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The Lord Gives Great Power to Moses

Moses asked the Lord, “Suppose everyone refuses to listen to my message, and no one believes that you really appeared to me?”

The Lord answered, “What’s that in your hand?”

“A walking stick,” Moses replied.

“Throw it down!” the Lord commanded. So Moses threw the stick on the ground. It immediately turned into a snake, and Moses jumped back.

“Pick it up by the tail!” the Lord told him. And when Moses did this, the snake turned back into a walking stick.

“Do this,” the Lord said, “and the Israelites will believe that you have seen me, the God who was worshiped by their ancestors Abraham, Isaac, and Jacob.”

Next, the Lord commanded Moses, “Put your hand inside your shirt.” Moses obeyed, and when he took it out, his hand had turned white as snow—like someone with leprosy.[a]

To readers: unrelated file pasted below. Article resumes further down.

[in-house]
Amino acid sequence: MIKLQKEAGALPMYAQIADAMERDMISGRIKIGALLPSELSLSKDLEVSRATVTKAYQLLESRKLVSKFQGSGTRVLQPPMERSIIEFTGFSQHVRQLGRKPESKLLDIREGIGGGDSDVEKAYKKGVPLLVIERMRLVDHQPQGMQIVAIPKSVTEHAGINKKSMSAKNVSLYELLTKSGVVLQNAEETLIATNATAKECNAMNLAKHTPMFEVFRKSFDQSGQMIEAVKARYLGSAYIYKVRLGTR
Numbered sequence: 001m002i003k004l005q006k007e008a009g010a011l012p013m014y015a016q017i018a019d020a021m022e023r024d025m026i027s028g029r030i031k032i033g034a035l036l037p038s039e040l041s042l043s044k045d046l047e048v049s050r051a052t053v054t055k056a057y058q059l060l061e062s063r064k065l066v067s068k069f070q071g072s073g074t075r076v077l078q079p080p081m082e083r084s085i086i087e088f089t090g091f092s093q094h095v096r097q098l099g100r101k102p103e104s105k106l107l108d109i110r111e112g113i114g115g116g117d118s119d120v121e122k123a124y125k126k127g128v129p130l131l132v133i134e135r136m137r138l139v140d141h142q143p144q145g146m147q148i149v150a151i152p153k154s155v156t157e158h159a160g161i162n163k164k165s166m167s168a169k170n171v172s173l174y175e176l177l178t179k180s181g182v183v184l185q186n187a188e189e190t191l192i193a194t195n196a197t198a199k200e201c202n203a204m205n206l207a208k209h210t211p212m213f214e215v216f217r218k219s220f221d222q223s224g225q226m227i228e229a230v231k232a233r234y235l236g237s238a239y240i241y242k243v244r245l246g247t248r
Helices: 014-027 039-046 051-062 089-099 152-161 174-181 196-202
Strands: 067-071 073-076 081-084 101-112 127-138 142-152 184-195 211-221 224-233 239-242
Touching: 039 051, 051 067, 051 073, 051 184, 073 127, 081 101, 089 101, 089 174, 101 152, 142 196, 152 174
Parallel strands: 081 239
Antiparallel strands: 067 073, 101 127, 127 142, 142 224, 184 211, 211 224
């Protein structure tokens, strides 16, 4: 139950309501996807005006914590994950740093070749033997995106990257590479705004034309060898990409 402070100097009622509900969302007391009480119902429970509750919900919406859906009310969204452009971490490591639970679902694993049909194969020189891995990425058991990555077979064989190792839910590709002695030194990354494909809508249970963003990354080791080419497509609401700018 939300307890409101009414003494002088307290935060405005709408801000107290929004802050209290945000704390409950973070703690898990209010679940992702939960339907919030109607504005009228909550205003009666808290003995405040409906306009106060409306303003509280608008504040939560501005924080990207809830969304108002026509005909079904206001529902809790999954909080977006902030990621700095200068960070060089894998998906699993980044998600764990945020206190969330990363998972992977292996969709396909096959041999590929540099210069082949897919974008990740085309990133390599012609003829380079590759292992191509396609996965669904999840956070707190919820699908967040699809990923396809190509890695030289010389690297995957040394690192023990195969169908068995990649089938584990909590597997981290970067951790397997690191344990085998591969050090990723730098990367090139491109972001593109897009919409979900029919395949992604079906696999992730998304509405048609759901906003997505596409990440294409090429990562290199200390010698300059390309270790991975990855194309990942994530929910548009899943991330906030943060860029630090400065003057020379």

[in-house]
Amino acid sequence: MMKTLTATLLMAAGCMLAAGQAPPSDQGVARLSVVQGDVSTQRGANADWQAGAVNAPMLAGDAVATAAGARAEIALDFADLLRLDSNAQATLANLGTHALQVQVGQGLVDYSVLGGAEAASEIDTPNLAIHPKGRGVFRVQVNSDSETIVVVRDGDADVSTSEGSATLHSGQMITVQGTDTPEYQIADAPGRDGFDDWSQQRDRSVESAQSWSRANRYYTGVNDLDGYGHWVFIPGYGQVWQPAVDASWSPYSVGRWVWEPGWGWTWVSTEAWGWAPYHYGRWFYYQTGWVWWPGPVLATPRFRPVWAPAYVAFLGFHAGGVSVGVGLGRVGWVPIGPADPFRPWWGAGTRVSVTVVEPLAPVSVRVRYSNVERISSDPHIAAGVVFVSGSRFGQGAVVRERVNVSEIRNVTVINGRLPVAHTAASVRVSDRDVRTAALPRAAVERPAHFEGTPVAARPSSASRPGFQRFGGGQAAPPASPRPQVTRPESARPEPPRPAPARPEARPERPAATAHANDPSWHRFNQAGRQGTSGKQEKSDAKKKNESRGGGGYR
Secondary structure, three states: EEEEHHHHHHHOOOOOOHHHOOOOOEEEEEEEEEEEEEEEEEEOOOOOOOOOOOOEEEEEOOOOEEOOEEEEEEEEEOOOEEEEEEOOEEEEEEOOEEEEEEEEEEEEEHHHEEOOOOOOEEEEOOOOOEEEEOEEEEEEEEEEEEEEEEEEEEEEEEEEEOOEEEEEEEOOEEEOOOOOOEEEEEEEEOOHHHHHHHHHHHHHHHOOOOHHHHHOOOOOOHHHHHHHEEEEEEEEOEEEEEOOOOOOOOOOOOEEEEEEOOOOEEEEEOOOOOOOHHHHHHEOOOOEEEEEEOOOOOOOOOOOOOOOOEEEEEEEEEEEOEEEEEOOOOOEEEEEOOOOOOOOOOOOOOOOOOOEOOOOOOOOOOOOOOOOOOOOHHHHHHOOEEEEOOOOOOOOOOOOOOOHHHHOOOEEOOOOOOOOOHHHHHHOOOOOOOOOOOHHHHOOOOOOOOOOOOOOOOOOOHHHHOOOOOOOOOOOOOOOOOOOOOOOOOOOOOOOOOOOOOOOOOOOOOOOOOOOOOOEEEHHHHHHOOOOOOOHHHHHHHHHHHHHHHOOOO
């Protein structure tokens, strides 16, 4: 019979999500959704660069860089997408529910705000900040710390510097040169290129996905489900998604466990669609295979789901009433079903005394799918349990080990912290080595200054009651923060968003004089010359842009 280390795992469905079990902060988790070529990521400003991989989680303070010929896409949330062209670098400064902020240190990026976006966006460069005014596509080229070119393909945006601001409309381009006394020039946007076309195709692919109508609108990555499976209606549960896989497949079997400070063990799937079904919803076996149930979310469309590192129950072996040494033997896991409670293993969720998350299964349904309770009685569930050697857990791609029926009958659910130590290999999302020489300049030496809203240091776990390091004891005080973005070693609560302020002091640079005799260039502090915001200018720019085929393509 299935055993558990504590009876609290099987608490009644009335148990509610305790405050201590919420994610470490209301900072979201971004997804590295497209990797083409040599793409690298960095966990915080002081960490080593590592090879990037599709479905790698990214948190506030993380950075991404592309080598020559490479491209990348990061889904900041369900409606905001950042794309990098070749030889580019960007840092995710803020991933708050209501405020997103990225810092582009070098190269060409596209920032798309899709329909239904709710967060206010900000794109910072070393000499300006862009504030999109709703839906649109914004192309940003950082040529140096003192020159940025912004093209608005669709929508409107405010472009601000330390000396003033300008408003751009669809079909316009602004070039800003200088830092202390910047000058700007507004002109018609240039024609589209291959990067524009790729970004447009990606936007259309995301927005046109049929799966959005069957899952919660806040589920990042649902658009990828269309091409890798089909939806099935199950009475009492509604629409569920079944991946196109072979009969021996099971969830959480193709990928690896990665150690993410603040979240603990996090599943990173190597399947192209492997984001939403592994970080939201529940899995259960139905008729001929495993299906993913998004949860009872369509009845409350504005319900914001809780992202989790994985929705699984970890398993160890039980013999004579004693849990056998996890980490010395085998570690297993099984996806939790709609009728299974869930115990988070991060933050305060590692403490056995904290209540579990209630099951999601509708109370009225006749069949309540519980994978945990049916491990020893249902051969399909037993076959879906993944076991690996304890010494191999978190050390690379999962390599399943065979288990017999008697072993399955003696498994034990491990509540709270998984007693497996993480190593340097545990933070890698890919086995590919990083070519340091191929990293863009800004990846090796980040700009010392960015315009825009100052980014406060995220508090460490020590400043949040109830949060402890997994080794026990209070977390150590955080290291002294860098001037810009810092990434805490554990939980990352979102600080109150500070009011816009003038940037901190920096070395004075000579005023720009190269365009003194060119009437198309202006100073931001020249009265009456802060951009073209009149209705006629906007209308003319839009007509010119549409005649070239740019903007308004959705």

“Put your hand back inside your shirt,” the Lord told him. Moses did so, and when he took it out again, it was as healthy as the rest of his body.

8-9 Then the Lord said, “If no one believes either of these miracles, take some water from the Nile River and pour it on the ground. The water will immediately turn into blood.”

10 Moses replied, “I have never been a good speaker. I wasn’t one before you spoke to me, and I’m not one now. I am slow at speaking, and I can never think of what to say.”

11 But the Lord answered, “Who makes people able to speak or makes them deaf or unable to speak? Who gives them sight or makes them blind? Don’t you know that I am the one who does these things? 12 Now go! When you speak, I will be with you and give you the words to say.”

13 Moses begged, “Lord, please send someone else to do it.”

14 The Lord became irritated with Moses and said:

What about your brother Aaron, the Levite? I know he is a good speaker. He is already on his way here to visit you, and he will be happy to see you again. 15-16 Aaron will speak to the people for you, and you will be like me, telling Aaron what to say. I will be with both of you as you speak, and I will tell each of you what to do. 17 Now take this walking stick and use it to perform miracles.